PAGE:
The city of Ann Arbor will be narrowing some roads to create bicycle lanes using federal stimulus funds, the city announced today.

The lanes will be created at several places near downtown and the University of Michigan campus, including along North and South University, Hoover, Pauline, Seventh, Liberty and Washington Streets.

Significant changes will be made on a handful of streets including portions of Geddes Road, Catherine Street and Fourth Avenue.

With $250,000 in federal stimulus dollars, the city will be adding about nine miles of new bike lanes and improving about 24 miles of bike lanes. It will also be improving walking and biking downtown by adding additional signage and pavement markings. The changes all adhere to improvements recommended by Ann Arbor's 2007 Non-motorized Plan.

The costs of the project come from thermal plastic process used to create and adhere lines and other symbols to the pavement, Ann Arbor's Transportation Program Manager Eli Cooper said. The city pays between $100 and $150 for each road signs which will be posted to remind folks to "Share the Road."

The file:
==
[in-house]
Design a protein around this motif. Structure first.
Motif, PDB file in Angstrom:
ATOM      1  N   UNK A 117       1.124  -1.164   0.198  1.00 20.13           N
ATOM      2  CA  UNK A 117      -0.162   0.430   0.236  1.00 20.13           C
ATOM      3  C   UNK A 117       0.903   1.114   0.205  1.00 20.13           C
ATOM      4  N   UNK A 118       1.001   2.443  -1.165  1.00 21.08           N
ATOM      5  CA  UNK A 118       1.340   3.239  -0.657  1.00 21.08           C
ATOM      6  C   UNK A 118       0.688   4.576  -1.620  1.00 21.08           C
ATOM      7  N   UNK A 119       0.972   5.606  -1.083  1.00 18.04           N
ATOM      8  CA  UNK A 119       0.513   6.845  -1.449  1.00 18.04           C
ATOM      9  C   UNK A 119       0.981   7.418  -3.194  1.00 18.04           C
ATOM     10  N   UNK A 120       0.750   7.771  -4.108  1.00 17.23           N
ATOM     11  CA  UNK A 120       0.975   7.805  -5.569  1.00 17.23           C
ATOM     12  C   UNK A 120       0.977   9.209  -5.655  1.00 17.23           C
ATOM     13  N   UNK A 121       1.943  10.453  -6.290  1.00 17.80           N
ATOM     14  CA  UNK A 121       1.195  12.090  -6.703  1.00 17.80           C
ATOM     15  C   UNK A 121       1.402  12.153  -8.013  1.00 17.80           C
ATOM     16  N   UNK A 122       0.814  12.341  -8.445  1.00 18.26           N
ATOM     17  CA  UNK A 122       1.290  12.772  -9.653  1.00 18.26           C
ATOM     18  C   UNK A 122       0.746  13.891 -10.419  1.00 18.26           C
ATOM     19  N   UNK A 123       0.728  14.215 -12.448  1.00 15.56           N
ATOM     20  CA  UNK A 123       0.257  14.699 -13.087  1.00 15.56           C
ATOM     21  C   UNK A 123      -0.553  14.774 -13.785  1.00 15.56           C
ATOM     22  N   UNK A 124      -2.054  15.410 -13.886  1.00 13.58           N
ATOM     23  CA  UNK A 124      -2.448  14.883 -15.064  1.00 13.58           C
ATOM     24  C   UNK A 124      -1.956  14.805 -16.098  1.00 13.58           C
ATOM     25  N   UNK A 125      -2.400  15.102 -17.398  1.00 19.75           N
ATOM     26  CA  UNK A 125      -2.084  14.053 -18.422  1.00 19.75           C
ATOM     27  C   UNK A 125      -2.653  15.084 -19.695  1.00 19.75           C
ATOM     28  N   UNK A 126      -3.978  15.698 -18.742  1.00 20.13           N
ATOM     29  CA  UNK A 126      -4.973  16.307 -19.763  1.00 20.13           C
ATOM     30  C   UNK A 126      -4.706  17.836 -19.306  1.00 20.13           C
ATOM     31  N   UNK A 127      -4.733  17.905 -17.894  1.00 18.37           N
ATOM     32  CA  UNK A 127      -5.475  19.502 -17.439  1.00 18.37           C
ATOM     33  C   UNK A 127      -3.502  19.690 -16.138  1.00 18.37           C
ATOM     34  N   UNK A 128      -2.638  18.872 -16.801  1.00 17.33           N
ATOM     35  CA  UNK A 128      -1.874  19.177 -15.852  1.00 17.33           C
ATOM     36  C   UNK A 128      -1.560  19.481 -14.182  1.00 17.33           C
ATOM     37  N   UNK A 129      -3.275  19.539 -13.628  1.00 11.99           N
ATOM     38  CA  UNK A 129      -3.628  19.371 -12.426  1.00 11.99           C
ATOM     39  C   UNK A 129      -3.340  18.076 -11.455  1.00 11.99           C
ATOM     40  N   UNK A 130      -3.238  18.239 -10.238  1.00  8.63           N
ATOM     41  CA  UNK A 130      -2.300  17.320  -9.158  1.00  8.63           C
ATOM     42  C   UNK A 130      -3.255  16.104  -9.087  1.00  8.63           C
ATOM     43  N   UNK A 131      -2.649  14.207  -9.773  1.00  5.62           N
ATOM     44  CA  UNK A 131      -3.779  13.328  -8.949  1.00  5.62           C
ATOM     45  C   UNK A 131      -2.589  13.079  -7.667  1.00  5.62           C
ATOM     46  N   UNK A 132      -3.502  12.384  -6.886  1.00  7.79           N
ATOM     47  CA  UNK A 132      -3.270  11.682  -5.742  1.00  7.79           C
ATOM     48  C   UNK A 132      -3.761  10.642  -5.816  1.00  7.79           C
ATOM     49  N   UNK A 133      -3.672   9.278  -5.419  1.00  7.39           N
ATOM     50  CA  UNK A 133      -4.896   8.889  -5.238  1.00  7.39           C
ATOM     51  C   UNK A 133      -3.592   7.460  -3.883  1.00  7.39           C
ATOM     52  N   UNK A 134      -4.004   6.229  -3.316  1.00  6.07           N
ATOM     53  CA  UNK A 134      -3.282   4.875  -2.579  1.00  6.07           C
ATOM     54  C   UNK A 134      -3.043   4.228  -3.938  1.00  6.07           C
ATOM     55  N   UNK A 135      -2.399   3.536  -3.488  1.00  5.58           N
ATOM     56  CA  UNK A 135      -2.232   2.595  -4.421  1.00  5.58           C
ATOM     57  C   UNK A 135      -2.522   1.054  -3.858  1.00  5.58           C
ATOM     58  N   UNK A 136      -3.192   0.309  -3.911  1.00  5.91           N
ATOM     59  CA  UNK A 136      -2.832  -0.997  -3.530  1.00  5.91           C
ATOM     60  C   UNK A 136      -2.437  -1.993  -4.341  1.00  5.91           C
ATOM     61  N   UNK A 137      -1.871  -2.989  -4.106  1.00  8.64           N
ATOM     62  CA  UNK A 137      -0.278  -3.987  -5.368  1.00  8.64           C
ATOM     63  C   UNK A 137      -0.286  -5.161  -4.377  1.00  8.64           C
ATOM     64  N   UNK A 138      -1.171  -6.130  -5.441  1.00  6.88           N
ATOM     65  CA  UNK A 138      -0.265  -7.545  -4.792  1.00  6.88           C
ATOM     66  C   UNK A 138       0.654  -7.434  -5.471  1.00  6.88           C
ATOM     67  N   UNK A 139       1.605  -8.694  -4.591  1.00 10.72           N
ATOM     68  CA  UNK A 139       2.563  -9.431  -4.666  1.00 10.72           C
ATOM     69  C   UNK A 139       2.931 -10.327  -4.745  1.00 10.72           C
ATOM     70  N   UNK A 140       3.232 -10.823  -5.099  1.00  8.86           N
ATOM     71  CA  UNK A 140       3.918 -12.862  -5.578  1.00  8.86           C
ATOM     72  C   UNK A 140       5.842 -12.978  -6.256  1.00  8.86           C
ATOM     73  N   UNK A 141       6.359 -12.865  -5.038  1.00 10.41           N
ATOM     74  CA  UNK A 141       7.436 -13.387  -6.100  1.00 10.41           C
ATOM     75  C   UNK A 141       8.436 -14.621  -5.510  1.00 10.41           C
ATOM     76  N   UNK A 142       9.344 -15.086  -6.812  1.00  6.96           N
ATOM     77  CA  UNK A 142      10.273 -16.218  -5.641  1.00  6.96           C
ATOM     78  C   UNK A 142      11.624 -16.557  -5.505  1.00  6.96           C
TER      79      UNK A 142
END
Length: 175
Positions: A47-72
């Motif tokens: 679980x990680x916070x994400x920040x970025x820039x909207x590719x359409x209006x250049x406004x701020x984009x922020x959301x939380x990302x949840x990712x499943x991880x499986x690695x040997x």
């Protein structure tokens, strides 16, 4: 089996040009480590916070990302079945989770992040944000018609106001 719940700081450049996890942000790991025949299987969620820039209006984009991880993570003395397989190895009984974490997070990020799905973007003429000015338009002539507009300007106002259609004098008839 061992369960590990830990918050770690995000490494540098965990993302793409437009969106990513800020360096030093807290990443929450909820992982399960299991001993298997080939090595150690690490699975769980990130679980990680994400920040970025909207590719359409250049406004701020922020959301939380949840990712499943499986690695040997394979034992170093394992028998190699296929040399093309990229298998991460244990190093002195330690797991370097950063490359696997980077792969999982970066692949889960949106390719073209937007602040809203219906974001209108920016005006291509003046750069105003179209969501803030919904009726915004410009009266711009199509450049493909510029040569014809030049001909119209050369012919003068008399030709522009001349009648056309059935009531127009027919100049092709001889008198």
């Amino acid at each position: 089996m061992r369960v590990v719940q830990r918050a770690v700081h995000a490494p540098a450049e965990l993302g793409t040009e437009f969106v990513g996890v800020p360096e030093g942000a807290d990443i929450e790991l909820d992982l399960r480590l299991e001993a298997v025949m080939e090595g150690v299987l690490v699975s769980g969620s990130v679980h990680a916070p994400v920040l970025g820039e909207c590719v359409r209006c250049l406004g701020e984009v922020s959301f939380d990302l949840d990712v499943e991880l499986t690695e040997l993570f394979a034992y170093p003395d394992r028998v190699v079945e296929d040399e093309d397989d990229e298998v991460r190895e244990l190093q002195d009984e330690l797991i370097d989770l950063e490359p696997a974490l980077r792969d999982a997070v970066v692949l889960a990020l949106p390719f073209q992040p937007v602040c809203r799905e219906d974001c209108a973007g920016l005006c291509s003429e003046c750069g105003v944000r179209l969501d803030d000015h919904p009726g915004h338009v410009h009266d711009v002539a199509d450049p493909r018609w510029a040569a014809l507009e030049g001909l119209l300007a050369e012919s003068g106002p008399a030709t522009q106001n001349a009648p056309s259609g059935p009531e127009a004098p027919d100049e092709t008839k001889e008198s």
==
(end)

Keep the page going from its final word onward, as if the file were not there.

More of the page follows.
The existing 23.4 miles (mostly in both directions) of bicycle lanes will be reviewed and brought up to standards for bike lanes. In some cases, this may include pavement repair, Cooper said.

Signs will also be posted in downtown areas telling bicyclists to walk or slow down on their bikes if they are using the sidewalk and symbols, called sharrows, which are meant to encourage bicyclists to share the road lane instead.

The changes should be completed by September, although some of the bike lanes could be available as early as next week.

Bicycle lanes are defined lanes marked on the pavement to allow bikes to more safely travel alongside vehicle traffic.

Cooper said the changes are part of making different kinds of transportation easier in the city.

But he acknowledge on-going tensions between motorists and bicyclists. "The city has heard it," Cooper said. Bike lanes are actually part of an effort to alleviate those tensions because the line is clearly drawn where cars belong and where bicycles belong, he said.

The police are enforcing laws for both motorists and bicyclists, he said, and the city is working to increase education and awareness about the rules regarding both, he said.

Tina Reed covers health and the environment for You can reach her at, call her at 734-623-2535 or find her on Twitter @TreedinAA.